Abstract. Logical foundation for quantum theory is considered. I claim that quantum theory correctly represents Nature when mathematical physics embraces and indeed features, logical anomalies inherent in pure mathematics.
This approach reveals a connection linking undecidability in arithmetic with the logic of quantum experiments. The undecidablity occupies an algebraic environment which is the missing foundation for the 3-valued logic predicted by Hans Reichenbach, shown by him to resolve ‘causal anomalies’ of quantum mechanics, such as: inconsistency between prepared and measured states, complementarity between pairs of observables, and the EPR-paradox of action at a distance.
Arithmetic basic to mathematical physics, is presented formally as a logical system consisting of axioms and propositions. Of special interest are all propositions asserting the existence of particular numbers. All numbers satisfying the axioms permeate the arithmetic indistinguishably, but these logically partition into two distinct sets: numbers whose existence the axioms determine by proof, and numbers whose existence axioms cannot determine, being neither provable nor negatable.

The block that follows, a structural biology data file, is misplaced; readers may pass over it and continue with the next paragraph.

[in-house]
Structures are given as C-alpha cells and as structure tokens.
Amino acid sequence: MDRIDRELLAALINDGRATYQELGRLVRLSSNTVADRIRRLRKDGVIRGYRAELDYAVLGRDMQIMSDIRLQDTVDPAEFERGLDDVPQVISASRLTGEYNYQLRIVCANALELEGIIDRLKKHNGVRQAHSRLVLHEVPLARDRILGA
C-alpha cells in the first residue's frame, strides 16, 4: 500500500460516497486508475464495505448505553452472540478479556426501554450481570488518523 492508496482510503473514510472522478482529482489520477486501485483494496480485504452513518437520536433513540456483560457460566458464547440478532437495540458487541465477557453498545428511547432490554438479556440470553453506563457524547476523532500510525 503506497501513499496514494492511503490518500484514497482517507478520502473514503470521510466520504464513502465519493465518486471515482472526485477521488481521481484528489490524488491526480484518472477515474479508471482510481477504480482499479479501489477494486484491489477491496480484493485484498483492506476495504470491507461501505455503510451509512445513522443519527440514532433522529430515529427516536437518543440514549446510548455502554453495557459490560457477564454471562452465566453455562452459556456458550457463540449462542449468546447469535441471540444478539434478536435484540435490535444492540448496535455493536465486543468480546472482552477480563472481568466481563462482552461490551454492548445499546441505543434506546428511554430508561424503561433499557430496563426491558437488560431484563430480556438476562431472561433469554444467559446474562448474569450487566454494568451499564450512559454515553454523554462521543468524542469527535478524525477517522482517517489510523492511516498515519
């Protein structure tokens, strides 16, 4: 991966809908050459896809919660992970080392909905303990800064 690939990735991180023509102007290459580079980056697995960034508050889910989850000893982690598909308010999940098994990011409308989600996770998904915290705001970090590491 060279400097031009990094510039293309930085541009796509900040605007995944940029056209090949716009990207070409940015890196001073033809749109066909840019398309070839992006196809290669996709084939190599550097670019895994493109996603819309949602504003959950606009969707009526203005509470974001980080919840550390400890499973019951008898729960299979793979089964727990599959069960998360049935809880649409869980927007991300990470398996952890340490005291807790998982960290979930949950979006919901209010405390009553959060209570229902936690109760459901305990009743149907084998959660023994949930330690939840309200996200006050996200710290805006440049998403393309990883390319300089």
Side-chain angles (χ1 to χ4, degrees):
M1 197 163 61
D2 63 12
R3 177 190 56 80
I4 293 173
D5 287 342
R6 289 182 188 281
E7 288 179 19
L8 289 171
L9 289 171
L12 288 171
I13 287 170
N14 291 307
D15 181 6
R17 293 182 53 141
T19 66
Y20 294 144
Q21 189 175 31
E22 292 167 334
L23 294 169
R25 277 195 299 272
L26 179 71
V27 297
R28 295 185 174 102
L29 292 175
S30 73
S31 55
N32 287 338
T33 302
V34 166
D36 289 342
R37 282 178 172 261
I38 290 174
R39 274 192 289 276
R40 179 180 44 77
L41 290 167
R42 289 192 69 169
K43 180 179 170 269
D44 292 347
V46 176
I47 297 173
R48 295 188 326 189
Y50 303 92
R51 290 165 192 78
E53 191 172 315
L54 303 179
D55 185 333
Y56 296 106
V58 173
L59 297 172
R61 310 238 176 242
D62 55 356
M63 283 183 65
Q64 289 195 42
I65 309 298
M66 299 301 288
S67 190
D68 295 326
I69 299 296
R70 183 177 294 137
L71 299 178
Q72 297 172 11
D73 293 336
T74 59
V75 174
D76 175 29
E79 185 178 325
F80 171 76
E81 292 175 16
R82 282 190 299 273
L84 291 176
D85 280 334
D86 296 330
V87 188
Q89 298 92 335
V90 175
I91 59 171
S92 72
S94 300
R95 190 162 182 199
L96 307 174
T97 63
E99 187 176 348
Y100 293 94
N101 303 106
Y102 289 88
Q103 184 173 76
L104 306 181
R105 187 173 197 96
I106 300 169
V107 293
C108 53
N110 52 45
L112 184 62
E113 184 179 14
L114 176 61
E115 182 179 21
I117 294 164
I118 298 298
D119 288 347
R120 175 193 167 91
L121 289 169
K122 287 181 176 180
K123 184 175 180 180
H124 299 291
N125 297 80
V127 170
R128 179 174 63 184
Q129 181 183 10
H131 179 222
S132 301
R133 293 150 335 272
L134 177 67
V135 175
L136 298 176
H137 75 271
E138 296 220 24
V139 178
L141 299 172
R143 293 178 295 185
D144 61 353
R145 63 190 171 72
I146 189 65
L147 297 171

Failure of mathematical physics to incorporate this logical distinction is seen as reason for quantum theory being logically at odds with quantum experiments. Nature is interpreted as having rules isomorphic to the abovementioned axioms with these governing arithmetical combinations of necessary and possible values or effects in experiments. Soundness and Completeness theorems from mathematical logic emerge as profoundly fundamental principles for quantum theory, making good intuitive sense of the subject.